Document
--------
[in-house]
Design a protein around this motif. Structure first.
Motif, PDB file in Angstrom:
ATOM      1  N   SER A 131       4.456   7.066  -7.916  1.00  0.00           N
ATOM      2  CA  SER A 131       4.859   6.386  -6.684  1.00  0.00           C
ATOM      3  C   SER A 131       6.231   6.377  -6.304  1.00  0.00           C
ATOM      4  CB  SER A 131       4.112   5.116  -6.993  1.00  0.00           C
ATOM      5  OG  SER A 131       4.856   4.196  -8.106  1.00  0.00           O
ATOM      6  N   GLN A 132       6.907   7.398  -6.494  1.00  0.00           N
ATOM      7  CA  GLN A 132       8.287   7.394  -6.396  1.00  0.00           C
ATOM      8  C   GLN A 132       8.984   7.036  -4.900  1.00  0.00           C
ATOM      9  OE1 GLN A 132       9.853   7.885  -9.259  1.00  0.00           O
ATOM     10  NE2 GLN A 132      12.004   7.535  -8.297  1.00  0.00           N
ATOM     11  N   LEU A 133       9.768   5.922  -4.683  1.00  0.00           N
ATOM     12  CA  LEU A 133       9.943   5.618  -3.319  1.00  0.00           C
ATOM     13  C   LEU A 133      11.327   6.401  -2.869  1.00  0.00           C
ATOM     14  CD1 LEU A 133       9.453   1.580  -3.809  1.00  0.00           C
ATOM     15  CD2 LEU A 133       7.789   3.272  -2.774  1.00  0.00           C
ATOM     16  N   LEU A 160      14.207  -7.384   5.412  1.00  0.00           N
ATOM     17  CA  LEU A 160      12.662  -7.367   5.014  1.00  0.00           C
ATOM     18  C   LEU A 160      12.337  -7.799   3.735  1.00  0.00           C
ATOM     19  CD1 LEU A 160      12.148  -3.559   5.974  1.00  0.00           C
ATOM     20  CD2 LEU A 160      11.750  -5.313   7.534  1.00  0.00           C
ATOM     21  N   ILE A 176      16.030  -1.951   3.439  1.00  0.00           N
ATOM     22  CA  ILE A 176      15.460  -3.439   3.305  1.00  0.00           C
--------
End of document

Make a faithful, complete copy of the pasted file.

[in-house]
Design a protein around this motif. Structure first.
Motif, PDB file in Angstrom:
ATOM      1  N   SER A 131       4.456   7.066  -7.916  1.00  0.00           N
ATOM      2  CA  SER A 131       4.859   6.386  -6.684  1.00  0.00           C
ATOM      3  C   SER A 131       6.231   6.377  -6.304  1.00  0.00           C
ATOM      4  CB  SER A 131       4.112   5.116  -6.993  1.00  0.00           C
ATOM      5  OG  SER A 131       4.856   4.196  -8.106  1.00  0.00           O
ATOM      6  N   GLN A 132       6.907   7.398  -6.494  1.00  0.00           N
ATOM      7  CA  GLN A 132       8.287   7.394  -6.396  1.00  0.00           C
ATOM      8  C   GLN A 132       8.984   7.036  -4.900  1.00  0.00           C
ATOM      9  OE1 GLN A 132       9.853   7.885  -9.259  1.00  0.00           O
ATOM     10  NE2 GLN A 132      12.004   7.535  -8.297  1.00  0.00           N
ATOM     11  N   LEU A 133       9.768   5.922  -4.683  1.00  0.00           N
ATOM     12  CA  LEU A 133       9.943   5.618  -3.319  1.00  0.00           C
ATOM     13  C   LEU A 133      11.327   6.401  -2.869  1.00  0.00           C
ATOM     14  CD1 LEU A 133       9.453   1.580  -3.809  1.00  0.00           C
ATOM     15  CD2 LEU A 133       7.789   3.272  -2.774  1.00  0.00           C
ATOM     16  N   LEU A 160      14.207  -7.384   5.412  1.00  0.00           N
ATOM     17  CA  LEU A 160      12.662  -7.367   5.014  1.00  0.00           C
ATOM     18  C   LEU A 160      12.337  -7.799   3.735  1.00  0.00           C
ATOM     19  CD1 LEU A 160      12.148  -3.559   5.974  1.00  0.00           C
ATOM     20  CD2 LEU A 160      11.750  -5.313   7.534  1.00  0.00           C
ATOM     21  N   ILE A 176      16.030  -1.951   3.439  1.00  0.00           N
ATOM     22  CA  ILE A 176      15.460  -3.439   3.305  1.00  0.00           C